The Missouri Legislature passed the Agricultural Economic Opportunities bill Tuesday, which would add a litany of new and extended tax credits pertaining to state agriculture.
The bill would extend the tax credits on meat processing facility expansion and modernization and wood energy credits.
The bill is sponsored by Rep. Brad Pollitt, R-Sedalia, who said farmers need a lot of tax credits and incentives to keep providing products from their farms to markets.
"Right now, farmers are paying in hay and fertilizer to keep their farms going," Pollitt said. "This has caused an issue for cattle farmers who rely on that hay, which is adding more problems to the supply chain."
Missouri is the third-largest producer of cattle in the United States, according to the Missouri Department of Agriculture.
In an interview, Pollitt said farmers must schedule the butchering of cattle around one to two years out due to current lack of butchering availability. That's something he hopes this tax credit would alleviate by incentivizing those facilities to expand and become more efficient.
"To give the small producers that are out there, that've got five employees and may butcher six beef a day and five hogs a day, the ability to expand and double their employees and double the amount of animals that they could slaughter in a day's time in order to meet that demand," Pollitt said.
Sen. Mike Bernskoetter, R-Jefferson City, said the wood energy tax credit is needed to incentivize the use of discarded sawdust and other wood refuse.
"It's cheaper just to let it sit on the ground than it is to pay somebody to haul it away," he said, "but you can't really let it sit on the ground because it causes problems."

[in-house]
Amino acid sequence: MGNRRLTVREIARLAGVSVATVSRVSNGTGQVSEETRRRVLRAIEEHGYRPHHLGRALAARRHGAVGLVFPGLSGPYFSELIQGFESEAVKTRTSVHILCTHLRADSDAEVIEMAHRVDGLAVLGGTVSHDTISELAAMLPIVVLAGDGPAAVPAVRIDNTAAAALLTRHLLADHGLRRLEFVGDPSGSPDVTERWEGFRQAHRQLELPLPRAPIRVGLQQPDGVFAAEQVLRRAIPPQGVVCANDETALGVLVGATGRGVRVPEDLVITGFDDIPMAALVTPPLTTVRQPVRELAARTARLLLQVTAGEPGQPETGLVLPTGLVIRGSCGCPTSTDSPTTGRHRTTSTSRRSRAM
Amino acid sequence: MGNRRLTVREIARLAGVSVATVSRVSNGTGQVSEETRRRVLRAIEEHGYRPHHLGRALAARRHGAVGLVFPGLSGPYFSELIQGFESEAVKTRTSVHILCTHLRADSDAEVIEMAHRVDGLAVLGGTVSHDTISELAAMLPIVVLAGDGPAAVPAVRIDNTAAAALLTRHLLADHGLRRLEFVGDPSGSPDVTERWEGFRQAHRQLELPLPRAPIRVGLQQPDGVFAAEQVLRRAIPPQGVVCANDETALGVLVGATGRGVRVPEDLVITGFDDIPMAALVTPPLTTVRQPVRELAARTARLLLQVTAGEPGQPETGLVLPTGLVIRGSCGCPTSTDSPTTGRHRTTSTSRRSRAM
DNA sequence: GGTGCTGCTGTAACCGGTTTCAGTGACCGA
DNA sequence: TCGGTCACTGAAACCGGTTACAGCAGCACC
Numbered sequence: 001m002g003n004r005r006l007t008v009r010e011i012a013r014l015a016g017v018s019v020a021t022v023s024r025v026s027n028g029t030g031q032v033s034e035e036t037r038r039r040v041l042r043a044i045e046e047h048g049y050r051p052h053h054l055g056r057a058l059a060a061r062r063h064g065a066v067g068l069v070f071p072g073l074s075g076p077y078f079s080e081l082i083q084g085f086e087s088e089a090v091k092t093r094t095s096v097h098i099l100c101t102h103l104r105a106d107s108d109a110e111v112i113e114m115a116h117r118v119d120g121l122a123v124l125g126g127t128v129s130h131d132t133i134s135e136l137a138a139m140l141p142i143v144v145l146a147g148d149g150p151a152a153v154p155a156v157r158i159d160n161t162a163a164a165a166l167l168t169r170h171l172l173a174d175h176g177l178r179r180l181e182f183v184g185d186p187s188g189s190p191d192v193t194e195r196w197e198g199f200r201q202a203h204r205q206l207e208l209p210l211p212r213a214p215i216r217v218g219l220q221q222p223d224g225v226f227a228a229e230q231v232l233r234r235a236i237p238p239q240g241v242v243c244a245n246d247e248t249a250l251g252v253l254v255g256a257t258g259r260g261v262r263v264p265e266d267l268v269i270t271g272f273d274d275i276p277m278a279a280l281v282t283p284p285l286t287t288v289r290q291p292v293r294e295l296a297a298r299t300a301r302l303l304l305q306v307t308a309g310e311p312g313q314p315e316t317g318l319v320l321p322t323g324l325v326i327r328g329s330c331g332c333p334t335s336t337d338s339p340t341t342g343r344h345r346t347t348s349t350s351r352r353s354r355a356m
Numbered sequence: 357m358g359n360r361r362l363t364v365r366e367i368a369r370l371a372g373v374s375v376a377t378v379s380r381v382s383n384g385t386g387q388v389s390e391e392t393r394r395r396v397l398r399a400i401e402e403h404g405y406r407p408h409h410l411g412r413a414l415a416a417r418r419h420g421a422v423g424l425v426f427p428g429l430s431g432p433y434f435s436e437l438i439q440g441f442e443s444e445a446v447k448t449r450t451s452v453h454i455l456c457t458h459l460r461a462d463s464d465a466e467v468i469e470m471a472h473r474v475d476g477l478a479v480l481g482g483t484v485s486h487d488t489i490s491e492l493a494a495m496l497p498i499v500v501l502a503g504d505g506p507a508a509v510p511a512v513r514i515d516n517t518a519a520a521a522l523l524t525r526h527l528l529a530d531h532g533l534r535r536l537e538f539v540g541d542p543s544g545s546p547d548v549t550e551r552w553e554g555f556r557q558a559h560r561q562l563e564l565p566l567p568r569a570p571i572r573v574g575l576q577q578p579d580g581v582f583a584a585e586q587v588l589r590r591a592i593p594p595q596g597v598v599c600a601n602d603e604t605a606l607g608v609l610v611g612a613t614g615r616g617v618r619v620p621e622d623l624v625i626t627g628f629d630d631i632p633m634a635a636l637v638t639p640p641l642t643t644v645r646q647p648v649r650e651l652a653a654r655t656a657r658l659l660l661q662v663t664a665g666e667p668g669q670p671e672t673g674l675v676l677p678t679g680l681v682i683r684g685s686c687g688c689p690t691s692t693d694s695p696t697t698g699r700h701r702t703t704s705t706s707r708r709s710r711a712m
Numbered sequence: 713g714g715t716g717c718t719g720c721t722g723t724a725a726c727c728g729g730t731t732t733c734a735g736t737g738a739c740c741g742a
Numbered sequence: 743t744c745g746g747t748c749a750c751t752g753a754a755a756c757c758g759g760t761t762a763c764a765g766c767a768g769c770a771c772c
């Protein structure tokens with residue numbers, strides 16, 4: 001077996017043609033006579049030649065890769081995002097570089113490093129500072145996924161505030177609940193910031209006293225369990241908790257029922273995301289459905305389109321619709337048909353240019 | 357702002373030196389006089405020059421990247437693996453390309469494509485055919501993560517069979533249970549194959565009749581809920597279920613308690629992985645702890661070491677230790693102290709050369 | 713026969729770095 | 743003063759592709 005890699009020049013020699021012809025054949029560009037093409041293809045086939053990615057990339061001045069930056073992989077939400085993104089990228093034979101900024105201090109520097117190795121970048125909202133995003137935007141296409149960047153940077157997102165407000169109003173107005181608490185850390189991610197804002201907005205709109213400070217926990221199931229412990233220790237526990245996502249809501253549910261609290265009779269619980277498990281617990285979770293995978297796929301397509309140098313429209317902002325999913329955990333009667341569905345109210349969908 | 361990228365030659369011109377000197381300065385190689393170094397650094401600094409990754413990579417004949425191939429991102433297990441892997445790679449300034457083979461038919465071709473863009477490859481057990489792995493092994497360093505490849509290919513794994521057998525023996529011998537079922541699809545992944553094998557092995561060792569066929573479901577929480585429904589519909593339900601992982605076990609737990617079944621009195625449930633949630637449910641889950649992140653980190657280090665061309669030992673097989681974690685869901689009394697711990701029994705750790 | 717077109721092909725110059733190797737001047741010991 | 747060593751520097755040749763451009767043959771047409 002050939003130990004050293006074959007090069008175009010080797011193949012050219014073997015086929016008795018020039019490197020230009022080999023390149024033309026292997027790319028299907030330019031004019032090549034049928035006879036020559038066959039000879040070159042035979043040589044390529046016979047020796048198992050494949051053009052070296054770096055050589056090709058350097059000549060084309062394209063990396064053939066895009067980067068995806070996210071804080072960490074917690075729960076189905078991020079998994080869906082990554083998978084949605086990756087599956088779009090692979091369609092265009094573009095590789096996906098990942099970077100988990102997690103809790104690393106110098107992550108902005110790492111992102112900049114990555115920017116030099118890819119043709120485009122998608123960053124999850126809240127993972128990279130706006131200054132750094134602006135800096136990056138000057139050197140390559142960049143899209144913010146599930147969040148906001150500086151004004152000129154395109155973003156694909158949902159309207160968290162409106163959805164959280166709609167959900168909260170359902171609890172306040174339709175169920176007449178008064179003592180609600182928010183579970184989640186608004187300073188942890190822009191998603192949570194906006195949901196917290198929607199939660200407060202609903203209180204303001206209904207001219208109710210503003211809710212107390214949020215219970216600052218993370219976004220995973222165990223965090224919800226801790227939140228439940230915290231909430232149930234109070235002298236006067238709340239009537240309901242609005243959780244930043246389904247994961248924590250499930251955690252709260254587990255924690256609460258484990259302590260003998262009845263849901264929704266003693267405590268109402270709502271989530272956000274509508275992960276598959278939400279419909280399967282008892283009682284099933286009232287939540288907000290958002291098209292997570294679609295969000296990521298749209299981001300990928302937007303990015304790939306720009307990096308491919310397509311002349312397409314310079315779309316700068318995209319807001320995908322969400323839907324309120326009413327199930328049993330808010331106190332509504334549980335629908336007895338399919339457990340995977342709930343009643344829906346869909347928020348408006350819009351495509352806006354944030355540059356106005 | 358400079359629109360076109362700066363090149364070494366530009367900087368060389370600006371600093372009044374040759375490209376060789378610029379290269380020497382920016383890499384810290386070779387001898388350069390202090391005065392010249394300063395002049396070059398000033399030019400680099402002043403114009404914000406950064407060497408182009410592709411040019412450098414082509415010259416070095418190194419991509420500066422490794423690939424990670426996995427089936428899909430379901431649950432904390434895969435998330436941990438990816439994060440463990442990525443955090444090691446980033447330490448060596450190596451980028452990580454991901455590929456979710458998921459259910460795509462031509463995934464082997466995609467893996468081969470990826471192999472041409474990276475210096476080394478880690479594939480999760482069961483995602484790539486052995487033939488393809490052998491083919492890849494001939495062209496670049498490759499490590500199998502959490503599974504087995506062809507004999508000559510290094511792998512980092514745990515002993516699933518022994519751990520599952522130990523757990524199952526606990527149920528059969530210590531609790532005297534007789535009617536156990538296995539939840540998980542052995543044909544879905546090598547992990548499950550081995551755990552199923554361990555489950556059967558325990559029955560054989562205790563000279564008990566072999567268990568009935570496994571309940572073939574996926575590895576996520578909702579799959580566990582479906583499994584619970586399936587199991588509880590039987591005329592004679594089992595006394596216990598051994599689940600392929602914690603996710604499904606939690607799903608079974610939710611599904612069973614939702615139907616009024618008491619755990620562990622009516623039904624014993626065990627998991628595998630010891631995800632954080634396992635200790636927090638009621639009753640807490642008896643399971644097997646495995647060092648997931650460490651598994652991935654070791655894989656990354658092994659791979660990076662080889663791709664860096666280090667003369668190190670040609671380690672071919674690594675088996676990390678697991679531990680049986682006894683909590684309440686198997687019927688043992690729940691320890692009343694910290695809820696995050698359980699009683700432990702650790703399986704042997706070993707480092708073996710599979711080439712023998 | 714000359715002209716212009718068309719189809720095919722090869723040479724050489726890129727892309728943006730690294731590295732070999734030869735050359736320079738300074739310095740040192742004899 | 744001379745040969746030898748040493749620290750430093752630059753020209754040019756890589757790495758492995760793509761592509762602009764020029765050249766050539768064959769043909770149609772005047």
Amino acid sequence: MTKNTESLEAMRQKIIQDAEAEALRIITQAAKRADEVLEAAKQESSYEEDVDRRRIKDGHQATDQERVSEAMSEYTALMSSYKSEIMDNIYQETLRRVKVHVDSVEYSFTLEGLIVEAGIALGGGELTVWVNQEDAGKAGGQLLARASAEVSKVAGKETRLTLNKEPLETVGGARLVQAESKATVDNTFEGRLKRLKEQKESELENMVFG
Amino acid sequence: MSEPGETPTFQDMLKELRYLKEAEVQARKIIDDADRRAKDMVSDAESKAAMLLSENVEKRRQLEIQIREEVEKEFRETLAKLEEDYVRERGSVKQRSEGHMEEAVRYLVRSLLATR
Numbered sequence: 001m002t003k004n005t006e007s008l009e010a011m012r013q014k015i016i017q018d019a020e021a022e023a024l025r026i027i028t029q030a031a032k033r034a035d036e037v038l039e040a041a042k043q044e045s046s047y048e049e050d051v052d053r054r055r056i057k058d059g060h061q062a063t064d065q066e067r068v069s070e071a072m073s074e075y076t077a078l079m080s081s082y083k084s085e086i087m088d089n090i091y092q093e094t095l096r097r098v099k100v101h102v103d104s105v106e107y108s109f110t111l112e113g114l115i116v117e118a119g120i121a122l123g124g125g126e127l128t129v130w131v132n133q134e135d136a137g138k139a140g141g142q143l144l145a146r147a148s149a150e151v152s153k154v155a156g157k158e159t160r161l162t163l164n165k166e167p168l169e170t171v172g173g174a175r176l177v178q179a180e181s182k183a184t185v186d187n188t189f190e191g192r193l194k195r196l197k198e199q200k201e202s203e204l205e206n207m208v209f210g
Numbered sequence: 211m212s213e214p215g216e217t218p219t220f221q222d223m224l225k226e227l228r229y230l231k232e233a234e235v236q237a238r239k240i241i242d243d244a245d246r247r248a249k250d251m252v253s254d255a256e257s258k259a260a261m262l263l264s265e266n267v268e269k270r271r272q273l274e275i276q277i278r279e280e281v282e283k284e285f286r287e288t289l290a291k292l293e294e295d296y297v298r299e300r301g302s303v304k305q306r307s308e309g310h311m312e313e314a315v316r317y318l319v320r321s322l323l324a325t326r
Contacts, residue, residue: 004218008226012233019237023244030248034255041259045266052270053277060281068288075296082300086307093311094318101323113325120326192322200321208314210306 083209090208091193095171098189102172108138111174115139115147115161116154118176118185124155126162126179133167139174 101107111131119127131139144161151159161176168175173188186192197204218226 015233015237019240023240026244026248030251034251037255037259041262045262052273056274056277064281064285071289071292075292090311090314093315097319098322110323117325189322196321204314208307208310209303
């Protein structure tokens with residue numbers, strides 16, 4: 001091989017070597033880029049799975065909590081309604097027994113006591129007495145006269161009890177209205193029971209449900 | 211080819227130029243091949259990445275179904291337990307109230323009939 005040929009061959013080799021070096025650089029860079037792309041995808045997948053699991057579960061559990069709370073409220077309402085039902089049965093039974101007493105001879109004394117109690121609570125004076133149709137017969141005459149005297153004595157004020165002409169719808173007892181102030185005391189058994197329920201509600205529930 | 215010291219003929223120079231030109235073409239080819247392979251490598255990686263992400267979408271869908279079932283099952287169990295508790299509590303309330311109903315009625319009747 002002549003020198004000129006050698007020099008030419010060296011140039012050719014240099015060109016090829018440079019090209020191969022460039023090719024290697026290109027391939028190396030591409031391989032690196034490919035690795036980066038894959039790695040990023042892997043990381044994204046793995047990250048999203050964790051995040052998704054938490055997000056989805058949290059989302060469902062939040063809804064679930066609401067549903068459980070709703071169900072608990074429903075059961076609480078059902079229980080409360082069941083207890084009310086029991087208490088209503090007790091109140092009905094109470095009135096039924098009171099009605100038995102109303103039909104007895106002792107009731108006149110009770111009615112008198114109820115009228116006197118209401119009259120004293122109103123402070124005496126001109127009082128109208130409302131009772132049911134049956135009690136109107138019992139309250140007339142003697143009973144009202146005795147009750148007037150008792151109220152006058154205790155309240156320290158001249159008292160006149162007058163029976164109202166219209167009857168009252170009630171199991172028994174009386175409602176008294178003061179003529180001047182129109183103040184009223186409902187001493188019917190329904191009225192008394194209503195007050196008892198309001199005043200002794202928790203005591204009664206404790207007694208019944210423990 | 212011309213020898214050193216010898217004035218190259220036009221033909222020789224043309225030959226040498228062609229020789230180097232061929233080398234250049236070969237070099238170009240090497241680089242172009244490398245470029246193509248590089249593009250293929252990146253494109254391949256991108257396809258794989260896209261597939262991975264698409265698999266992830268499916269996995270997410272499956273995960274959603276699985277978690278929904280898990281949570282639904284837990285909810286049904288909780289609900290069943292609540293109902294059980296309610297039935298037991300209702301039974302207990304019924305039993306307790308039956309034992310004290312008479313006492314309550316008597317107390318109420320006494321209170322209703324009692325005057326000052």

The bill would also create new tax incentives in the form of an ethanol blended credit and a biodiesel fuel credit. They would give a credit of $0.05 per ethanol fuel gallon sold and $0.02 for each biodiesel gallon produced.
Pollitt said he hoped it would encourage the greener fuel and expand jobs on farms creating the biodiesel and ethanol fuels.
He added it's important these tax credits alleviate some of the issues in the current agricultural supply chain.
"We need to continue to pump money into those rural communities, so they'll continue to create jobs and create that value-added product," he said.
Added to the bill was an emergency clause that would cause it to go into effect as soon as it is signed by the governor, allowing the agriculture industry to quickly begin to use the tax credits.
The bill would cost the state general revenue fund $11 million-$40 million by 2025, according to a staff analysis.
A tax credit for rural jobs was removed from the bill after concerns the program would end up costing too much. Bernskoetter said a similar program in Georgia wasn't paying for itself.
Rep. Barry Hovis, R-Whitewater, agreed with Pollitt's goals in providing additional support for farmers.
"There will be an add-on of problems for farmers and the global economy if this emergency clause is not passed," Hovis said.
Eventually, Pollitt's bill, House Bill 1720, passed on a 115-20 vote. It then passed the Senate on a 28-6 vote and now awaits the governor's signature.
The work of the Missouri News Network is written by Missouri School of Journalism students and editors for publication by Missouri Press Association member newspapers.
Click the links below in our digital edition to read the full bill:
• HB 1720: Agricultural economic opportunities
Sponsor: Rep. Brad Pollitt